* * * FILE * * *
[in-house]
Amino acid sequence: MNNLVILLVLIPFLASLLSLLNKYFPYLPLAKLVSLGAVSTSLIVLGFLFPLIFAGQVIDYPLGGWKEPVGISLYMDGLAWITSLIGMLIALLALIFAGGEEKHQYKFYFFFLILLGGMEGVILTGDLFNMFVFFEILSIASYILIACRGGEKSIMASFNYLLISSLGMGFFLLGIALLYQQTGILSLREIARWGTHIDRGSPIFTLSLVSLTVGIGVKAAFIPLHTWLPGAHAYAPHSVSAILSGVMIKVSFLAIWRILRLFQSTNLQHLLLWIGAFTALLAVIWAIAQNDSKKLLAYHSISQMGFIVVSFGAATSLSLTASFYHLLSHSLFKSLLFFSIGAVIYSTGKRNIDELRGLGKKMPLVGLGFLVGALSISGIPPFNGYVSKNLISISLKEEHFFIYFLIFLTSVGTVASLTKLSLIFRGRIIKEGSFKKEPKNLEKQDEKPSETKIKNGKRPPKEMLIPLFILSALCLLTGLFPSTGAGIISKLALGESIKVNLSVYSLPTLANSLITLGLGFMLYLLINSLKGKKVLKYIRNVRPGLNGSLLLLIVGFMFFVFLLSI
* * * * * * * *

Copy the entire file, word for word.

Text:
[in-house]
Amino acid sequence: MNNLVILLVLIPFLASLLSLLNKYFPYLPLAKLVSLGAVSTSLIVLGFLFPLIFAGQVIDYPLGGWKEPVGISLYMDGLAWITSLIGMLIALLALIFAGGEEKHQYKFYFFFLILLGGMEGVILTGDLFNMFVFFEILSIASYILIACRGGEKSIMASFNYLLISSLGMGFFLLGIALLYQQTGILSLREIARWGTHIDRGSPIFTLSLVSLTVGIGVKAAFIPLHTWLPGAHAYAPHSVSAILSGVMIKVSFLAIWRILRLFQSTNLQHLLLWIGAFTALLAVIWAIAQNDSKKLLAYHSISQMGFIVVSFGAATSLSLTASFYHLLSHSLFKSLLFFSIGAVIYSTGKRNIDELRGLGKKMPLVGLGFLVGALSISGIPPFNGYVSKNLISISLKEEHFFIYFLIFLTSVGTVASLTKLSLIFRGRIIKEGSFKKEPKNLEKQDEKPSETKIKNGKRPPKEMLIPLFILSALCLLTGLFPSTGAGIISKLALGESIKVNLSVYSLPTLANSLITLGLGFMLYLLINSLKGKKVLKYIRNVRPGLNGSLLLLIVGFMFFVFLLSI